The Complete Antislavery Writings of Anthony Benezet, 1754-1783
An Annotated Critical Edition
Publication Year: 2014
Pennsylvanian Quaker Anthony Benezet was one of the most important and prolific abolitionists of the eighteenth century. The first to combine religious and philosophical arguments with extensive documentation of the slave trade based on eyewitness reports from Africa and the colonies, Benezet's antislavery writings served as foundational texts for activists on both sides of the Atlantic. In England, those who incorporated his work into their own writings included Granville Sharp, John Wesley, Thomas Clarkson, and William Dillwyn, while Benjamin Franklin, Benjamin Rush, David Cooper, James Forten, Absalom Jones, and Richard Allen drew inspiration from his essays in America. Despite Benezet's pervasive influence during his lifetime, David L. Crosby's annotated edition represents the first time Benezet's antislavery works are available in one book.
In addition to assembling Benezet's canon, Crosby chronicles the development of Benezet's antislavery philosophy and places the aboli-tionist's writing in historical context. Each work is preceded by an editor's note that describes the circumstances surrounding its original publication and the significance of the selection.
Benezet's writings included in this edition:
An Epistle of Caution and Advice Concerning the Buying and Keeping of Slaves (1754)Observations on the Enslaving, Importing, and Purchasing of Negroes (1759--1760)A Short Account of that Part of Africa Inhabited by the Negroes (1762)A Caution and Warning to Great Britain and Her Colonies (1766--1767)Some Historical Account of Guinea (1771)Benezet's Notes to John Wesley's Thoughts upon Slavery (1774)Observations on Slavery (1778)Short Observations on Slavery (1783)
A valuable tool for scholars and students of African American history, slavery studies, and the Revolutionary era, The Complete Antislavery Writings of Anthony Benezet, 1754--1783 demonstrates the prevailing impact of the foremost pioneer in American abolitionism.
Published by: Louisiana State University Press
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A project that took so long to complete is bound to owe many debts to helpers along the way. My greatest debt is to the National Endowment for the Humanities, which provided support for me to attend three...
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Anthony Benezet is the pivotal figure in the eighteenth-century campaign to abolish slavery and the slave trade.1 He connected the American colonies with England and the rest of Europe, the religious militants with...
1. An Epistle of Caution and Advice concerning the Buying and keeping of Slaves (1754)
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In 1752 Anthony Benezet became a member of the Overseers of the Press for the Philadelphia Yearly Meeting of Friends. This eight-member group reviewed all publications by church members for their faithfulness...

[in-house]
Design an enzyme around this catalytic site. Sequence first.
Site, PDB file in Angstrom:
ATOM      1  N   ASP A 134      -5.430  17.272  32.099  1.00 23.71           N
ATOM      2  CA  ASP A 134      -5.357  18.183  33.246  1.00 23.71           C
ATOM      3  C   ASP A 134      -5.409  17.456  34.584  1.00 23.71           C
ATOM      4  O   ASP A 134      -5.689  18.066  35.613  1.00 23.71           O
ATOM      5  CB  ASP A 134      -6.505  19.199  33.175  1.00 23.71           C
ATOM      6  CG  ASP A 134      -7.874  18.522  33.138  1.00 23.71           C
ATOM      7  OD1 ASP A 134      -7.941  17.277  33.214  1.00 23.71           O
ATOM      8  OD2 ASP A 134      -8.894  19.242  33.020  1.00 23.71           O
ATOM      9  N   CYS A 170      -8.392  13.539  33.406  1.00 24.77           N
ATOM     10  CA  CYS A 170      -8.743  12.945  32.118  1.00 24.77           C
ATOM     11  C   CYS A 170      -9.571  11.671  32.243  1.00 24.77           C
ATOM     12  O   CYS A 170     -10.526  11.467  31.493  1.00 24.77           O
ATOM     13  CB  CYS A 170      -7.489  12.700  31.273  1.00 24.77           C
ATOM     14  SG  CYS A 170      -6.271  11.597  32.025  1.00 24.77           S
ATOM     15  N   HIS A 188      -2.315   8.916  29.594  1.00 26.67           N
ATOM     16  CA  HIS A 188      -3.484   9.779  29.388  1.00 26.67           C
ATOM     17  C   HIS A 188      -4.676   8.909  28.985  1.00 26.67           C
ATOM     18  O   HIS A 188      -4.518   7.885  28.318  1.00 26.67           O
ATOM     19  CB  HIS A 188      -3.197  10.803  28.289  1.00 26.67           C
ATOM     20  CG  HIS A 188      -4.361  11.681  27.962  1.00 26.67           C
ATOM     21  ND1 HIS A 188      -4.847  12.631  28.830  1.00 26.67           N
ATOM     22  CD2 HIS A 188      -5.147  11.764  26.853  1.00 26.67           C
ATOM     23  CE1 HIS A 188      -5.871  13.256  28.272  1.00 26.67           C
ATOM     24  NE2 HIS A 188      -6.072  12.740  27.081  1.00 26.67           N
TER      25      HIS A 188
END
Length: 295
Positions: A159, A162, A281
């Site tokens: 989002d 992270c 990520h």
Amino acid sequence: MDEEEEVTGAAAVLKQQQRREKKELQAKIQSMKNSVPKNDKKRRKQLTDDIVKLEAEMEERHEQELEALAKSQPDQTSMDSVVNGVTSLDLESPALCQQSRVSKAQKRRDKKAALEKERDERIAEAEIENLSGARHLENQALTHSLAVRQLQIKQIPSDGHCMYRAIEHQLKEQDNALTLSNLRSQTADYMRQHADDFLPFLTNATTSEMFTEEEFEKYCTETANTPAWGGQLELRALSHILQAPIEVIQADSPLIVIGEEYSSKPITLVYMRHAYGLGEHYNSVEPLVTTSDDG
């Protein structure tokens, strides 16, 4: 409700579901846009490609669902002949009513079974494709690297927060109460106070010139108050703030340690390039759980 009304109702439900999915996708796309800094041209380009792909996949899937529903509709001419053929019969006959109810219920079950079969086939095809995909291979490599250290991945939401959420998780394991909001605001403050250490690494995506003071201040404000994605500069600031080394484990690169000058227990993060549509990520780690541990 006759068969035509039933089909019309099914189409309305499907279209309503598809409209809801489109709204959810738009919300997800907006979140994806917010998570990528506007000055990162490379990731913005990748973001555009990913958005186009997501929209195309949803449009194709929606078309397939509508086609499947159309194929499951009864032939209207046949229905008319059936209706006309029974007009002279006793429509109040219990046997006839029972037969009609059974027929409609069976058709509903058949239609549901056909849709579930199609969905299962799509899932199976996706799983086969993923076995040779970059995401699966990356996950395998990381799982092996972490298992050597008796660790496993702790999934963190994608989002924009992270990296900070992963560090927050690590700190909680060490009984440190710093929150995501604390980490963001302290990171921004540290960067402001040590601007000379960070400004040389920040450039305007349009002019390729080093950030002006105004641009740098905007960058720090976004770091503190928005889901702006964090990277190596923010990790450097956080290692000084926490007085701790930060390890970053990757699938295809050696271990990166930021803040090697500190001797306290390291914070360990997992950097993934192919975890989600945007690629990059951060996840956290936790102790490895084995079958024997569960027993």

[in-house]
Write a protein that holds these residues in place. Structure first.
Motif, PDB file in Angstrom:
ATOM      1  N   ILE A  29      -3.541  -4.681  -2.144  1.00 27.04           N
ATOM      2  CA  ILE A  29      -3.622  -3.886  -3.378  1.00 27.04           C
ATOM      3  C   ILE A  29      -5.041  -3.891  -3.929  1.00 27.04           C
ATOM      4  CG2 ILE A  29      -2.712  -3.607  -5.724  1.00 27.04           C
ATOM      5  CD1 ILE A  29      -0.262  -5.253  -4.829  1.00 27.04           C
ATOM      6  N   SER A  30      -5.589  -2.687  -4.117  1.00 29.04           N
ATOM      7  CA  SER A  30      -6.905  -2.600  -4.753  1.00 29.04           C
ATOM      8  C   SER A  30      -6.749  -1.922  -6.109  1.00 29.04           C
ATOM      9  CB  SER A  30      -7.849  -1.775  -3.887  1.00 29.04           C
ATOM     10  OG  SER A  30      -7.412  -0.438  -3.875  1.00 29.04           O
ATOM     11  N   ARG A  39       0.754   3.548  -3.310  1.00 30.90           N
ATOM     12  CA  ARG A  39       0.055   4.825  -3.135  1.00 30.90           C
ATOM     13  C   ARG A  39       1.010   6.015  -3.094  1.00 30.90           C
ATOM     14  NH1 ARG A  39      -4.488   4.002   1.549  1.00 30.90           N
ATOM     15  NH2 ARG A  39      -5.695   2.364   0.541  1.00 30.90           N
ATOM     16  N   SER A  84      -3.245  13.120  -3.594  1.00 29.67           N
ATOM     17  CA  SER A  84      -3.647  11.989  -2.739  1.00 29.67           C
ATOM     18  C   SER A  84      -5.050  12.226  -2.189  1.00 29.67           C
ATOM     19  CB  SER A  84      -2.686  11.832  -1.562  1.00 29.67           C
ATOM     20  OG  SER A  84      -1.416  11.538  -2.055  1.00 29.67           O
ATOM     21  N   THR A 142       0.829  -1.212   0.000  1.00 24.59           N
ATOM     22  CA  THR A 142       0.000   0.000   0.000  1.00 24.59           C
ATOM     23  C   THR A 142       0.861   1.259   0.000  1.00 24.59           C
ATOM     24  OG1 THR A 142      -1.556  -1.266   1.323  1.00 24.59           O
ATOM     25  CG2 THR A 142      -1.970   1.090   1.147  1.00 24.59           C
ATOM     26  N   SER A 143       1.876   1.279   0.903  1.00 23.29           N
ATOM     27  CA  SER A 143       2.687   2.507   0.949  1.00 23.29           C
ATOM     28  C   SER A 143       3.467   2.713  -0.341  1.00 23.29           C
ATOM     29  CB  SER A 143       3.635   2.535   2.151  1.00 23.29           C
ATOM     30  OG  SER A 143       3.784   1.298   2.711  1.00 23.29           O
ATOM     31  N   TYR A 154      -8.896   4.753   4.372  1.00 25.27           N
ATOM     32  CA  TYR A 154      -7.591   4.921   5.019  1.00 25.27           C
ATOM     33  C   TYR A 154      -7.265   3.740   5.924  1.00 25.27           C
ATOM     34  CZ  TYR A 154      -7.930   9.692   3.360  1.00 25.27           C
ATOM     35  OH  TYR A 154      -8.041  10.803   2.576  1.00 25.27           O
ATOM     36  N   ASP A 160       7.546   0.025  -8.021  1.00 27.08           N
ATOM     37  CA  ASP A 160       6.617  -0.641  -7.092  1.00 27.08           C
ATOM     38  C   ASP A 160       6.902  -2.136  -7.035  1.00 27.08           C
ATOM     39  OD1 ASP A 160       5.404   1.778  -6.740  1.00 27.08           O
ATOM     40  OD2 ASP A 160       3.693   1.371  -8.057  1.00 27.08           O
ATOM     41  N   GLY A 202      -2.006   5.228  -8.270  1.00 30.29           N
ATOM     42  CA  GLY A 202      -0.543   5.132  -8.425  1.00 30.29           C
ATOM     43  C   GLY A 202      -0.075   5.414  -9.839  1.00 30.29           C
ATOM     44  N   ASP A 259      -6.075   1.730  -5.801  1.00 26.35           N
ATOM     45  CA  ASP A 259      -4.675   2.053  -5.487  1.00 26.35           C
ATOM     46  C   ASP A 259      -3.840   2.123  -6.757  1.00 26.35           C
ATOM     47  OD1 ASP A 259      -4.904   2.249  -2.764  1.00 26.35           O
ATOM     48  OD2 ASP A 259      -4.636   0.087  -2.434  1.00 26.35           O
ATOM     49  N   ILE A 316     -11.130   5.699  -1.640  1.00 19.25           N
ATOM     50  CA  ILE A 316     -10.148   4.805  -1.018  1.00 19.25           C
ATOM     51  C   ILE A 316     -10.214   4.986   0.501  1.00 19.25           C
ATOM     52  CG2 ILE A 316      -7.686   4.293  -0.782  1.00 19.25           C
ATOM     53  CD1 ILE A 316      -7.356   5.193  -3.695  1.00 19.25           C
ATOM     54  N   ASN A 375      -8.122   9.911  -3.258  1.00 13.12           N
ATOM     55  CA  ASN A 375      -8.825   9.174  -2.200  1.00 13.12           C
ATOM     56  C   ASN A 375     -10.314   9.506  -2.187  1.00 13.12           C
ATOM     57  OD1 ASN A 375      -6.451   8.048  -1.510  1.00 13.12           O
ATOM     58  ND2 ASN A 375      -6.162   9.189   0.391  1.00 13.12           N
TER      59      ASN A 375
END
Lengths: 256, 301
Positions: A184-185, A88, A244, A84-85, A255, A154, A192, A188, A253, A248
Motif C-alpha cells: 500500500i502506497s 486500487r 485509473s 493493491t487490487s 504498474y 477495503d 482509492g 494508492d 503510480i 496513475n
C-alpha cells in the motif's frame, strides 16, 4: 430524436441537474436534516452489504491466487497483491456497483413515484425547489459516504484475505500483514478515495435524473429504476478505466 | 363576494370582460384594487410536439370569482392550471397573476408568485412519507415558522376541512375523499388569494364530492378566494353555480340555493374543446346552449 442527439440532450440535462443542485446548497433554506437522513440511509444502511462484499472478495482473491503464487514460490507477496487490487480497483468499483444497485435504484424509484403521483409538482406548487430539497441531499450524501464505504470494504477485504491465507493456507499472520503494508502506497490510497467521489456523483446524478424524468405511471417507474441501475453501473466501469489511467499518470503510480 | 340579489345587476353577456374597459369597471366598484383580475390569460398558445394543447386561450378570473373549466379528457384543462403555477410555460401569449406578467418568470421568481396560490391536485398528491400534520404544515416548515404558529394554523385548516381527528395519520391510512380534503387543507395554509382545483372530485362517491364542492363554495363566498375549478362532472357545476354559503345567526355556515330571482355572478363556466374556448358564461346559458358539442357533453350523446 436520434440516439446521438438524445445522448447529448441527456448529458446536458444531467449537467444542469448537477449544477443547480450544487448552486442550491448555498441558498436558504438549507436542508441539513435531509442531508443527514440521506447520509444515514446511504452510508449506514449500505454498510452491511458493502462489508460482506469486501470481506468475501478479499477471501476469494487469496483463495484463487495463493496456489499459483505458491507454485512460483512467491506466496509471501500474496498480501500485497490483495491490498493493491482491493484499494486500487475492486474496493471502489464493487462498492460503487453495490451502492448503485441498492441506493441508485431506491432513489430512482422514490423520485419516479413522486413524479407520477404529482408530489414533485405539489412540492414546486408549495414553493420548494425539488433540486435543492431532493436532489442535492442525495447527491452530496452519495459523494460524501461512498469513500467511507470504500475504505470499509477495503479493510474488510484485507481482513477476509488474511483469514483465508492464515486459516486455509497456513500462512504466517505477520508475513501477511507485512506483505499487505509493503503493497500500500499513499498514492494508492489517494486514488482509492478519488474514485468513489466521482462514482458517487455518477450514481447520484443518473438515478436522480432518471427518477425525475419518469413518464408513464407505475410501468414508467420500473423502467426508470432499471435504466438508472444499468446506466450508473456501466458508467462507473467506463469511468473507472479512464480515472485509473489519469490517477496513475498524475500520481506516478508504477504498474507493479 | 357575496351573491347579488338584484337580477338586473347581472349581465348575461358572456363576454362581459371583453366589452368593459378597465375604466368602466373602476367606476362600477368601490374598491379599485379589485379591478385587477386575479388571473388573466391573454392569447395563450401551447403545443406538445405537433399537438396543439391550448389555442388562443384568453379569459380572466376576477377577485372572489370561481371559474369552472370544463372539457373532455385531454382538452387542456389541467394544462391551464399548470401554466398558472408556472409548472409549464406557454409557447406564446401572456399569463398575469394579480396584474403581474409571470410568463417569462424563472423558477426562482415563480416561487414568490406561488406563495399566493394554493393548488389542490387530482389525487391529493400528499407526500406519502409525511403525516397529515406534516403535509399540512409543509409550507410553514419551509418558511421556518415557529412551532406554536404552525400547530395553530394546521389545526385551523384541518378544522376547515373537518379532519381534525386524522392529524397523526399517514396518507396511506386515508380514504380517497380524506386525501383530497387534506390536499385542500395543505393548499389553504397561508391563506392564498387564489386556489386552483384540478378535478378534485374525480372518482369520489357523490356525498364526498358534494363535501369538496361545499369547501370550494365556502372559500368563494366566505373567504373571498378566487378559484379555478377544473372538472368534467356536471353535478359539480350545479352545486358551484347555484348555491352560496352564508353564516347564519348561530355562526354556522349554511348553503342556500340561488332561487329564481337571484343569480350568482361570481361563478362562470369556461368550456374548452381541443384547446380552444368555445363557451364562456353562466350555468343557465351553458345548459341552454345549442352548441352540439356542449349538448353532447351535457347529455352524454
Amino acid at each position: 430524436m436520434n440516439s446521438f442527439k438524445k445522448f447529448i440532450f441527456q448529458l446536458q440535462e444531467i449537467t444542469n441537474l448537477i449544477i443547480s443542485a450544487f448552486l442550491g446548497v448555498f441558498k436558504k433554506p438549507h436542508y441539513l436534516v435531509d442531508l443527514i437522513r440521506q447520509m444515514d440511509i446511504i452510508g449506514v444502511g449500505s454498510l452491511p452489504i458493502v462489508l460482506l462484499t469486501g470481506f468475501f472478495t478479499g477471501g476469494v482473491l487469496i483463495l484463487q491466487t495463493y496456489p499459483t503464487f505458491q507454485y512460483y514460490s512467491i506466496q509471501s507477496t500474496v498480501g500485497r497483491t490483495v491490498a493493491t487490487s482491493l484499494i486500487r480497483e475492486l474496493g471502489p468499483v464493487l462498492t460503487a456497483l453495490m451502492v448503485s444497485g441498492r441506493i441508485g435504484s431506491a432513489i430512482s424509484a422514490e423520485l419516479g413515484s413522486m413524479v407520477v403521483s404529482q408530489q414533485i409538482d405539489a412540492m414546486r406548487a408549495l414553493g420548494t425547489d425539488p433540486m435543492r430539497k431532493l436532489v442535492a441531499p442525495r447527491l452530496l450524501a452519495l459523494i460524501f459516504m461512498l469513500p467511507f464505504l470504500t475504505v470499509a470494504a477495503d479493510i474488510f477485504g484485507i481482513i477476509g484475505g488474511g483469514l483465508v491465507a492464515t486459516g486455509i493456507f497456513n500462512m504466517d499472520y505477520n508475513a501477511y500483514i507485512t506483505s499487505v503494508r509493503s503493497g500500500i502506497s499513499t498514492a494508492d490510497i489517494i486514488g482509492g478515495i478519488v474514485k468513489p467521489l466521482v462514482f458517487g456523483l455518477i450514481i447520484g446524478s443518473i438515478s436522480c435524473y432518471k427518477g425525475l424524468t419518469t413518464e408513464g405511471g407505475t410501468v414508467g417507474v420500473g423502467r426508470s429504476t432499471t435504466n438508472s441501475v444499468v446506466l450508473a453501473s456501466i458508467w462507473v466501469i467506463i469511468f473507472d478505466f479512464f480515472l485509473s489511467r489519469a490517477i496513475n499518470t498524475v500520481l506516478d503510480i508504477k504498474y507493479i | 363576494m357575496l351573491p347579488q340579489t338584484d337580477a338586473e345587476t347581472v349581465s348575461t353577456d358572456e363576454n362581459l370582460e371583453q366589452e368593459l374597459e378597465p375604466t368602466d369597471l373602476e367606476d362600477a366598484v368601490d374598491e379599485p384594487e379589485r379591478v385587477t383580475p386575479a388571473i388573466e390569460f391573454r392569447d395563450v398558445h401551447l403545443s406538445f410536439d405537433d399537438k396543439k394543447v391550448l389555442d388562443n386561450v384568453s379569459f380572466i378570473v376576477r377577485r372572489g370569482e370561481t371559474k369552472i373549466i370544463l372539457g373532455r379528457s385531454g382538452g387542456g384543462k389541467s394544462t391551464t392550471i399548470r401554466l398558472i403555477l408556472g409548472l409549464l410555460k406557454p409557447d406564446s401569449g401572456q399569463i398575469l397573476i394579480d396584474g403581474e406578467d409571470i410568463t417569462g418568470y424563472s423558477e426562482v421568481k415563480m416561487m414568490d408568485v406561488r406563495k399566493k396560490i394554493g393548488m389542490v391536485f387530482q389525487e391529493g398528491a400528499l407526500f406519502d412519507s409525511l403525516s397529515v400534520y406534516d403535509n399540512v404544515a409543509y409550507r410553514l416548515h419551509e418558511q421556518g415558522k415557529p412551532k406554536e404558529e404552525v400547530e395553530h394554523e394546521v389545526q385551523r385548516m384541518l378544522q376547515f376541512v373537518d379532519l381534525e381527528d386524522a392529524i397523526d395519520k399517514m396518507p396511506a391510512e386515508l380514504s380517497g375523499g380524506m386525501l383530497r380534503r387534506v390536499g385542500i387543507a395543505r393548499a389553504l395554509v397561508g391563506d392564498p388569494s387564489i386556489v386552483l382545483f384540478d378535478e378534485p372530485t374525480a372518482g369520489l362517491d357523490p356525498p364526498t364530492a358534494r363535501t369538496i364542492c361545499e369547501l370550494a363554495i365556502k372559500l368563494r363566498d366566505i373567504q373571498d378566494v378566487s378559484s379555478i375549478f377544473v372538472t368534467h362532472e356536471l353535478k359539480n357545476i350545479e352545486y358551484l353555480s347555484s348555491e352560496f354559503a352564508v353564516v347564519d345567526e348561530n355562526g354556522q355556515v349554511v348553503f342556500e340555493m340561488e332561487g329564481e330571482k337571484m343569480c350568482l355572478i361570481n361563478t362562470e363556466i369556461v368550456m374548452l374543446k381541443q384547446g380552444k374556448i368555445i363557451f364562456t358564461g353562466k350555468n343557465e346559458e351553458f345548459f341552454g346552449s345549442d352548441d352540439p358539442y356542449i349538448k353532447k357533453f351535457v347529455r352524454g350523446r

2. Observations on the Enslaving, Importing and Purchasing of Negroes (1759–1760)
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The years following 1754 in Pennsylvania saw the outbreak of the French and Indian War, a time of great grief and trouble in the colonies, especially for the Quakers and their gospel of peace. Many Friends served...
3. A Short Account of That Part of Africa Inhabited by the Negroes (1762)
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The new approach to antislavery argumentation that Benezet pioneered in Observations galvanized him over the next two years through the most productive period of his writing. Having discovered Bosman, Barbot,...
4. A Caution and Warning to Great Britain and Her Colonies (1766–1767)
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A Short Account could be called a user’s manual for antislavery activists, supplying them with facts and arguments to buttress their campaigns. Benezet’s next...
5. Some Historical Account of Guinea (1771)
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Benezet’s previous publication, A Caution and Warning, became Benezet’s most widely disseminated work in his lifetime, with at least four thousand copies printed in America and another fifteen hundred printed...
6. Benezet’s Notes to John Wesley’s Thoughts upon Slavery (1774)
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The years immediately following publication of Some Historical Account of Guinea were filled with activity for Benezet as antislavery campaigning picked up on both sides of the Atlantic. Benezet began a campaign urging...
7. Observations on Slavery (1778)
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In the period immediately following Benezet’s publication of Wesley’s Thoughts upon Slavery, the friction between the British colonies in North America and England began to flare into armed conflict. The skirmishes...
8. Short Observations on Slavery (1783)
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The end of the Revolutionary War presented another challenge to Benezet and his antislavery colleagues. During the war the slave trade to America had been more or less suspended, but it was likely to resume...
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The holograph manuscripts for all of Benezet’s published works have disappeared. In the absence of manuscripts, all of the works printed in this volume are transcribed from the last printed edition that Benezet...
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Page Count: 304
Publication Year: 2014
Series Title: Antislavery, Abolition, and the Atlantic World